The second thing is that the baal teshuva movement has had a tremendous impact on the wine industry. I get phone calls all the time from people, “When I wasn’t frum, I drank this wine. Is there anything like that available?” Usually, I’d have to tell them no. But now there are so many wines that used to not be available that are now available. And it’s driven the kinds of big categories themselves higher, because it’s not just the people that are chozer b’teshuva that are interested. We’re getting orders from people in Monroe, Williamsburg, Crown Heights. These people are Chassidim that are much more interested in higher end kosher wine. I can’t begin to tell you the amount of wine that some people buy because they just like wine, and it doesn’t make any difference. You have wine stores in Williamsburg and Monsey selling wines for $150-$200, no problem. People are buying them. It’s a huge change in the industry.
YS: What advice would you recommend to someone who’s new to wine?
RR: Go to a good wine store and the first question you should ask is along the lines of, “Listen, I only drink traditional types of wine, but I really would like to start getting into wines that are drier. But I’m afraid that if I take a wine that’s super dry, I won’t like it, my kids won’t like, and my wife won’t like it, and that’ll be the end of it. Can you give me something that will be a good segue between sweet and dry?” The person at the wine store should be able to tell you that. It doesn’t have to be a semi-sweet. It can be a dry wine. There are a number of dry wines out there that don’t taste dry but are actually dry wines that don’t have that cloying sweetness at the end.
YS: Perhaps you could talk about how critical customer service us for any company.
RR: Most people don’t realize it, but almost any business you’re in, you’re really not selling a product; you’re really selling a service. That’s the way we look at it. All the wines that we have, you can get someplace else. Every one of them. The difference between us and everybody else is the service. We cross all our T’s, dot our I’s as much as humanly possible. To us, the customer is why we’re in business. We’re only a business because of you, and as far as we’re concerned, nothing else is important. All we care about is what is going to make the customer happy. We’ll bend over backwards for our customers. We’ll do things that other companies wouldn’t consider doing, because we feel that the customer might be right.
YS: Can you share a strategy for when a company transitions from brick-and-mortar to online?
RR: With brick-and-mortar, you have the advantage of being able to have a personal relationship with customers. However, when you’re talking to one customer and there are four other customers in the store, you can’t have that relationship with the other four customers. Online business is not like that. It’s true you can’t talk to them all at the same time. But the ability to communicate with them either by email or by calling them is still there. And that’s something that’s so important. To be able to have the customer feel that they have somebody to talk to. You don’t end up calling somebody, let’s say General Motors, where you have to wait and go through about 10 people, and hopefully you’ll get to the right person. It’s not like that at all with us. Once you get on the line with us, once you send an email, we answer within a timely fashion and let you know what our answer is. We try to help you as much as possible. That is a huge advantage in online business. When you’re talking about a brick and- mortar, you don’t have that ability to have that kind of relationship with as many people as you have with online businesses. Just the idea of knowing that customers are what your purpose is. You’re there for them. You’re there to provide them with a service. Once you understand that, the transition is much more understandable.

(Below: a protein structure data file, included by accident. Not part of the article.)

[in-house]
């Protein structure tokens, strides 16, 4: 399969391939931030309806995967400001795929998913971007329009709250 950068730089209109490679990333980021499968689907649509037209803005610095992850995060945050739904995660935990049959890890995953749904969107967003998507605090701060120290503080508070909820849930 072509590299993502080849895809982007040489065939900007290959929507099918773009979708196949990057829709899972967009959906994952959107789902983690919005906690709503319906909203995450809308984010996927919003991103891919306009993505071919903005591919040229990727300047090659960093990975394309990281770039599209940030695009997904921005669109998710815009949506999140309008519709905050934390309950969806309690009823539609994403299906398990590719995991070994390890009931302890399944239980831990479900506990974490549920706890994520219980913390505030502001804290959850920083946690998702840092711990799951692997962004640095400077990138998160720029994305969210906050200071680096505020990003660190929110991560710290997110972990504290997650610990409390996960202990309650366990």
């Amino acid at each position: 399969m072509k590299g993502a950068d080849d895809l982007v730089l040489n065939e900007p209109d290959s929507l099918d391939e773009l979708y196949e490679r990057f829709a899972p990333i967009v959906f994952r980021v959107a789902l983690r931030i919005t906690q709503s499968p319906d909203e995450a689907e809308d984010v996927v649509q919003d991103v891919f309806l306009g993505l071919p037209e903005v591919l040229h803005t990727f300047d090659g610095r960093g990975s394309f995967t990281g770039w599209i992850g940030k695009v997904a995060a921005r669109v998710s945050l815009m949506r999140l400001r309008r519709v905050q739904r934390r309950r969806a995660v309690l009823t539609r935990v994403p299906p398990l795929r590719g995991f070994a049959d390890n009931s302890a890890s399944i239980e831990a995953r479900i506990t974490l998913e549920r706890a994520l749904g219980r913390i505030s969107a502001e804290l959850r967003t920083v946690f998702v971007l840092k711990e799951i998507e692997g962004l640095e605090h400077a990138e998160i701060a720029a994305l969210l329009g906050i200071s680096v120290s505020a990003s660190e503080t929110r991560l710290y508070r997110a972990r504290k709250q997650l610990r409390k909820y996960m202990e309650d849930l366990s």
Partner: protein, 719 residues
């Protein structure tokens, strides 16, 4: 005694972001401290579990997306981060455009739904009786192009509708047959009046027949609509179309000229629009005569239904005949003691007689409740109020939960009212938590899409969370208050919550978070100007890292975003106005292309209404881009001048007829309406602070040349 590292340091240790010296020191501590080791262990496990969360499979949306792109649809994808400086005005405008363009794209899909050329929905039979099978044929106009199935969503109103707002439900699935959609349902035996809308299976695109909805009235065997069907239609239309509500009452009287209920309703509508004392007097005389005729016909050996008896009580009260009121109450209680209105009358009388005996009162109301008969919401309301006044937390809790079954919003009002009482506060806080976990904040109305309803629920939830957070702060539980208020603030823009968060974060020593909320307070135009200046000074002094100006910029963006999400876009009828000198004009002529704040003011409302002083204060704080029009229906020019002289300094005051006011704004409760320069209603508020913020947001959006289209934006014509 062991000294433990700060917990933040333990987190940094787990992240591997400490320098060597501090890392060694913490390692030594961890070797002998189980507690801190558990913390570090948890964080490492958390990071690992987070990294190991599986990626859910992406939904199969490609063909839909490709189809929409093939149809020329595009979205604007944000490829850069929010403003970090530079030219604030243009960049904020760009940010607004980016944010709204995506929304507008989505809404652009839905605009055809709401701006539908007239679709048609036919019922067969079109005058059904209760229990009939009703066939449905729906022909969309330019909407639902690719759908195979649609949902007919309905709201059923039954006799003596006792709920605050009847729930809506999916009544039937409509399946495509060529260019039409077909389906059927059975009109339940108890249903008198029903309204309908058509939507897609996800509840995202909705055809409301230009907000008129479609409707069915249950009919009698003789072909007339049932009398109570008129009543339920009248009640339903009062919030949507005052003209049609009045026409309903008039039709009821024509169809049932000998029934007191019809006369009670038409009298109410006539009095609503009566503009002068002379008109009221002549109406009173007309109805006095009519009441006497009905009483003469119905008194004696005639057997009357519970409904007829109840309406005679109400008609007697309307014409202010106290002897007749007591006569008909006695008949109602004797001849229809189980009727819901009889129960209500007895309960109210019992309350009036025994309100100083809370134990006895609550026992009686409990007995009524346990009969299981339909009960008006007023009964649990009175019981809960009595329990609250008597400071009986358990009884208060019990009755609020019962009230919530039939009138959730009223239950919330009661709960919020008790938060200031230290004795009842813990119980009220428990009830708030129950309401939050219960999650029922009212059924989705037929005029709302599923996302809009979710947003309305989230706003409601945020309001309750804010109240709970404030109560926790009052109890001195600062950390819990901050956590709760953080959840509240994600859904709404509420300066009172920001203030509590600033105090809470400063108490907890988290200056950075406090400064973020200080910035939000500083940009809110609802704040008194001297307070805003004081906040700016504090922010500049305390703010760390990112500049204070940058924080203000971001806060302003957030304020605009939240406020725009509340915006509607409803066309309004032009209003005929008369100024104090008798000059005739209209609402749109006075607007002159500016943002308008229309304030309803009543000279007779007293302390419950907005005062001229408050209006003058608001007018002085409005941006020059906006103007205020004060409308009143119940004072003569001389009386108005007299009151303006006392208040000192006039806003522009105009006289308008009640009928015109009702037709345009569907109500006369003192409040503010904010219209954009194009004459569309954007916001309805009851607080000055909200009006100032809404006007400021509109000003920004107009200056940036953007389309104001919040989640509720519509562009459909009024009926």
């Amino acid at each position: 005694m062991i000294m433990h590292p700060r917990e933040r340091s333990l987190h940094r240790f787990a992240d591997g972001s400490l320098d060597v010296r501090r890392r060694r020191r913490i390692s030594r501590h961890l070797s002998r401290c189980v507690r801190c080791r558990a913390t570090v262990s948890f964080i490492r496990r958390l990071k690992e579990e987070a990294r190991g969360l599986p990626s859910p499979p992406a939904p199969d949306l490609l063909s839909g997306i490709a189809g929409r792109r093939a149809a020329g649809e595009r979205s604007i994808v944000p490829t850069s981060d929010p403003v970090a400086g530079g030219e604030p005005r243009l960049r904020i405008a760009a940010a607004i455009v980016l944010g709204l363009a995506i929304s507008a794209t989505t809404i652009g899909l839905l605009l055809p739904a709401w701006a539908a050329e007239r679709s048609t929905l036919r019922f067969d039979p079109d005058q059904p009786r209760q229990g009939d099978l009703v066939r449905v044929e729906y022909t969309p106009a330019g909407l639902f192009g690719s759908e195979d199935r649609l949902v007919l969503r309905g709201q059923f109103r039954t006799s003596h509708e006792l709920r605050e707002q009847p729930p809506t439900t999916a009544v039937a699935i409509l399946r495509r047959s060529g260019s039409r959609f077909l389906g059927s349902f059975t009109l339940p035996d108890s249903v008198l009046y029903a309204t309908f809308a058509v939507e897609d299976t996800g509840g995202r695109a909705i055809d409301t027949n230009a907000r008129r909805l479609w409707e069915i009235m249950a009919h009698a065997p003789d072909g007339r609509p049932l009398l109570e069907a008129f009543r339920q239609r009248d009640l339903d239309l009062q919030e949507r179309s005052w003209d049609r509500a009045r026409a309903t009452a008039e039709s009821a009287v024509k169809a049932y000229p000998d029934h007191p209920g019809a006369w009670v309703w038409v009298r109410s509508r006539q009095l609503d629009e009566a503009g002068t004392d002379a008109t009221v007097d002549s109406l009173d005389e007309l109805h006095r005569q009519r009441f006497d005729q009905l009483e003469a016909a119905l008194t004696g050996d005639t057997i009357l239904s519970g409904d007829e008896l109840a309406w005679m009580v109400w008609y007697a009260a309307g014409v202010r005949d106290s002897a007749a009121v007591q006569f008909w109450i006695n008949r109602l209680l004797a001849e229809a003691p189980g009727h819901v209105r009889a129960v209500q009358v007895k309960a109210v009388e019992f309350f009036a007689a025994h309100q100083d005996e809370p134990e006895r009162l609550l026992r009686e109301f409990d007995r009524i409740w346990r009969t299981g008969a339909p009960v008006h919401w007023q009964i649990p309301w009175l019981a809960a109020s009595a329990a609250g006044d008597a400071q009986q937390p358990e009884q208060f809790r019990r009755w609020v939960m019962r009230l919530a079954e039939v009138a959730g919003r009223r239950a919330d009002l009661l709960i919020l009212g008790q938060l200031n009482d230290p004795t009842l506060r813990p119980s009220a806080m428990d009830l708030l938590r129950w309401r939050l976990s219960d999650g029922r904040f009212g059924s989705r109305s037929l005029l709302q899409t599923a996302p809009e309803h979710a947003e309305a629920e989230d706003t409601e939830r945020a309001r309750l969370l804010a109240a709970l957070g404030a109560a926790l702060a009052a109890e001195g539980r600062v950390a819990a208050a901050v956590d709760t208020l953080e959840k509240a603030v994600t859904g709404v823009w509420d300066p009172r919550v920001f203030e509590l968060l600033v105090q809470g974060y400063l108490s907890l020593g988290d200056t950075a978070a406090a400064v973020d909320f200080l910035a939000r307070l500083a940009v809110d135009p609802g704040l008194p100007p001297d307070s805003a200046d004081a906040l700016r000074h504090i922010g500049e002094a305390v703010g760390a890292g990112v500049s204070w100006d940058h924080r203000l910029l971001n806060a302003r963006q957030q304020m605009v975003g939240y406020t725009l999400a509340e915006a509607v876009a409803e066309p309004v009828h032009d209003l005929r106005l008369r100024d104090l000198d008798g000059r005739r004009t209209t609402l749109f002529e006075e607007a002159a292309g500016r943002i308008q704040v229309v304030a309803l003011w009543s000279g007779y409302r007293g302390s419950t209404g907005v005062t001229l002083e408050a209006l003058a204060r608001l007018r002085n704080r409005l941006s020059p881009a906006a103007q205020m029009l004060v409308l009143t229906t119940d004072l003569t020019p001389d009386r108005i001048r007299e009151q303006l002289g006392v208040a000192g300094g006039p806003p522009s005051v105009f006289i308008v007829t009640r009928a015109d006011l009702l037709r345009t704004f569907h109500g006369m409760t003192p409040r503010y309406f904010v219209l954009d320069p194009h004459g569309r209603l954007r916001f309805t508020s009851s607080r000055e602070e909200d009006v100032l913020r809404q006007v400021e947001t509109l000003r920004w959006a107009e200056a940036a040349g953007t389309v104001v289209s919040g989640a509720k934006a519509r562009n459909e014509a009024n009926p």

YS: Is there any type of strategy behind the new products and labels as they enter the market?
RR: The impetus behind having new labels is what grapes are available, depending on the weather or the area of the world the grapes are coming from. Let’s say there’s a tremendous amount of Sauvignon Blanc grapes available. Somebody who has all these grapes is going to think, “Well, there’s a glut of Sauvignon Blanc on the market. Let’s try to make a wine that has mostly Sauvignon Blanc and call it something else.” That would be the purpose of them having a new label. That’s the strategy from the producer’s viewpoint.
From the retailer’s viewpoint, anything new has an advantage. Somebody comes in, “I tried all these whites, what do you suggest?” He’ll say, “Try this; it’s new.” Hopefully, you’ve tried it, you like it, and you can describe it. These are the primary questions as far as new wines are concerned. This strategy is simple. Make sure you know what your product is, make sure you understand the product, and make sure you have people who will like the product. If you don’t have the clientele for it, there’s no point in buying that product. But new products are constantly coming out. Probably between 150-200 different wines come out every year, maybe more.